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Development of phrase recognition test in Kannada language
Hemanth Narayan Shetty, Akshay Mendhakar
July-December 2015, 29(2):21-27
Sentences are rich in redundancy, and therefore, their identification is often facilitated by the context. The use of phrases introduces limited contextual cues into the process of identification and facilitates the evocation of words. Thus, there is a need to develop phrase recognition test to assess identification abilities.
To develop and validate phrase recognition test in Kannada language for assessing speech recognition in noise.
Settings and Design:
Normative research design was utilized.
Subjects and Methods:
A total of 70 phrases in Kannada language were constructed and 67 of them were selected based on familiarity rating. Ten participants each in two groups were involved for the list equivalency and validation.
Statistical Analysis Used:
Repeated measure of analysis of variance was utilized for the lists equivalency and standardization.
Sixty-seven phrases were shortlisted from 70 phrases through familiarity rating. These phrases were embedded in different 5 signal to noise ratios (SNRs) (−9 dB SNR to −1 dB SNR in steps of 2 dB). Analysis of results showed 50% recognition score at ~−5 dB SNR. In addition, the phrases that were too easy and too difficult were eliminated. From the remaining phrases, five lists of 10 phrases each were constructed and compared for their equal intelligibility in noise. The results revealed no significant differences across the phrase lists.
The homogenous five lists of the Kannada phrase recognition test will be useful to assess identification ability of the listeners and hearing aid benefit.
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Effect of lowered bone mineral density on the outcomes of audiological tests: A preliminary study
Aditi Gargeshwari, Niraj Kumar Singh, Prawin Kumar, Raghav Hira Jha
January-June 2017, 31(1):29-35
Calcium ions are important for efficient release of neurotransmitters during the transduction process in cochlea. It also plays a pivotal role in recycling of potassium ions. A deficiency in optimal functioning of calcium, which is seen in osteopenia and osteoporosis, could therefore hinder the recycling of K+ ions and cause dysfunction in the neurotransmitter release and thereby sensorineural hearing loss. The deficiency in the bone mineral density (BMD) can also result in microfractures in the middle ear bones and thereby affect its transmission properties. However, few studies have investigated the audiological findings in osteoporosis and none in osteopenia. Therefore, the present study aimed at assessing the effect of lowered BMD on the outcomes of the audiological tests.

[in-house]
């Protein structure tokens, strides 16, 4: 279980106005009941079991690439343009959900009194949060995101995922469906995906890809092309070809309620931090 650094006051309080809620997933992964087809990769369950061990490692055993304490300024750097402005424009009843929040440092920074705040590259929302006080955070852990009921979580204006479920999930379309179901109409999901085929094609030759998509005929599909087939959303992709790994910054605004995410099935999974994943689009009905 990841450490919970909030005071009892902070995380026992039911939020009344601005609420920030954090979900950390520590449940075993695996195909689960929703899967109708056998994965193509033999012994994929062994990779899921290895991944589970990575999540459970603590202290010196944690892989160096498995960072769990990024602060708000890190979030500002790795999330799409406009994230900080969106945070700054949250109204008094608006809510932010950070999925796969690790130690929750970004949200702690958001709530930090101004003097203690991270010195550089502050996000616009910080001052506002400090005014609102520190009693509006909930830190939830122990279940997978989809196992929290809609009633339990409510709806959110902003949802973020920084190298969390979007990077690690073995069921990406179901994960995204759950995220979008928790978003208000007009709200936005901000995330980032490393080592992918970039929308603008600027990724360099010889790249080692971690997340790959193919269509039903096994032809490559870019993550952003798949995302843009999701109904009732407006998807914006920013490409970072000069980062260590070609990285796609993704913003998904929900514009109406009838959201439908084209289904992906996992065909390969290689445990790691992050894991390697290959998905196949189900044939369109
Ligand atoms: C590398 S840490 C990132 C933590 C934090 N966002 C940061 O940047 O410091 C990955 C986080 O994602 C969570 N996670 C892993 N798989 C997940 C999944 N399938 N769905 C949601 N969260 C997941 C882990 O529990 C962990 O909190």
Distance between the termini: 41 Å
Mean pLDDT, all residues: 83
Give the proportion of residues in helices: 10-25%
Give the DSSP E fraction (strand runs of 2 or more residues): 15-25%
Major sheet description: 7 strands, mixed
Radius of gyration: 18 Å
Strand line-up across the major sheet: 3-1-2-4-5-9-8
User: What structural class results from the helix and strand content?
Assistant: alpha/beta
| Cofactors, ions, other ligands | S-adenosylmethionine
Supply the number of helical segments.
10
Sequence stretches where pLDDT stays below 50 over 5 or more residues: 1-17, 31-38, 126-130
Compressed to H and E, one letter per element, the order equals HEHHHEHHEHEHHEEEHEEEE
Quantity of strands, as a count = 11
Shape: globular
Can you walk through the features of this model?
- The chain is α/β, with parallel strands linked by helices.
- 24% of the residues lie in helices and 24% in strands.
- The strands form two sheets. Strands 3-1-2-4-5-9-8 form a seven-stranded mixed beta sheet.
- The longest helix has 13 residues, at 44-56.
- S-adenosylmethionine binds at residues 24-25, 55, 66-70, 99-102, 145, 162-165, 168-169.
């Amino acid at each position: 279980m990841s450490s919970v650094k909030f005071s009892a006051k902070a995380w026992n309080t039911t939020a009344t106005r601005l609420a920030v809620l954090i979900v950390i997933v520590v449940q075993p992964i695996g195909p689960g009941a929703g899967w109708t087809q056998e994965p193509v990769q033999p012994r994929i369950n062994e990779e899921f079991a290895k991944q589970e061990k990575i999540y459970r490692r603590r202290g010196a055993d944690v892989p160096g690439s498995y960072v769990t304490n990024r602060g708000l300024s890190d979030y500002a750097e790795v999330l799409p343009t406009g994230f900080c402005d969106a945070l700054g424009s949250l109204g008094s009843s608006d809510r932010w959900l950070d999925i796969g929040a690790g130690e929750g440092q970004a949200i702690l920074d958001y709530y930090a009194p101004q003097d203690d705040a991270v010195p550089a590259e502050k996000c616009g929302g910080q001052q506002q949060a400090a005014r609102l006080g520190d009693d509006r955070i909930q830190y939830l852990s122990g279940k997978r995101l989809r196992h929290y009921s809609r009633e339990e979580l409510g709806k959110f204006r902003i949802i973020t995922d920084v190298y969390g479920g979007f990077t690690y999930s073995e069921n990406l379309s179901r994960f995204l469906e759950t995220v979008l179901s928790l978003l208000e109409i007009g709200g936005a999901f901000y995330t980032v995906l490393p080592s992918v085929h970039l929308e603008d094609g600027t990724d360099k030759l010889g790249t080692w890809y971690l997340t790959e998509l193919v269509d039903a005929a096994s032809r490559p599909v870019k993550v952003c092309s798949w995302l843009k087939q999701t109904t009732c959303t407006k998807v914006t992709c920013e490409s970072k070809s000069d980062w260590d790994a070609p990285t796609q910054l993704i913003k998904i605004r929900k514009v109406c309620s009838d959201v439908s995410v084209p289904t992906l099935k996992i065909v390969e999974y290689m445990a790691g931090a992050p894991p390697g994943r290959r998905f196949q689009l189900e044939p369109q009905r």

The study incorporated 11 participants with osteoporosis, 12 with osteopenia, and 12 having normal BMD. All the participants underwent detailed structured case history, pure-tone audiometry, speech audiometry, immittance evaluation, and distortion-product otoacoustic emission (DPOAE).
There was a trend toward increase in pure-tone average and speech recognition threshold (SRT) and reduction in speech identification scores in the two clinical groups than the controls; however, this was significant only for SRT (
< 0.05). The osteoporosis group revealed significantly higher proportions of ears with absent acoustic reflexes and DPOAEs than control group and osteopenia group.
The findings point to the detrimental impact of reduction in BMD on the entire auditory periphery. Therefore, the audiological evaluation should consist of tests capable of evaluating the auditory system functioning at different levels when evaluating persons with osteopenia or osteoporosis.
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© Journal of Indian Speech Language & Hearing Association | Published by Wolters Kluwer -
Online since 4 Dec, 2013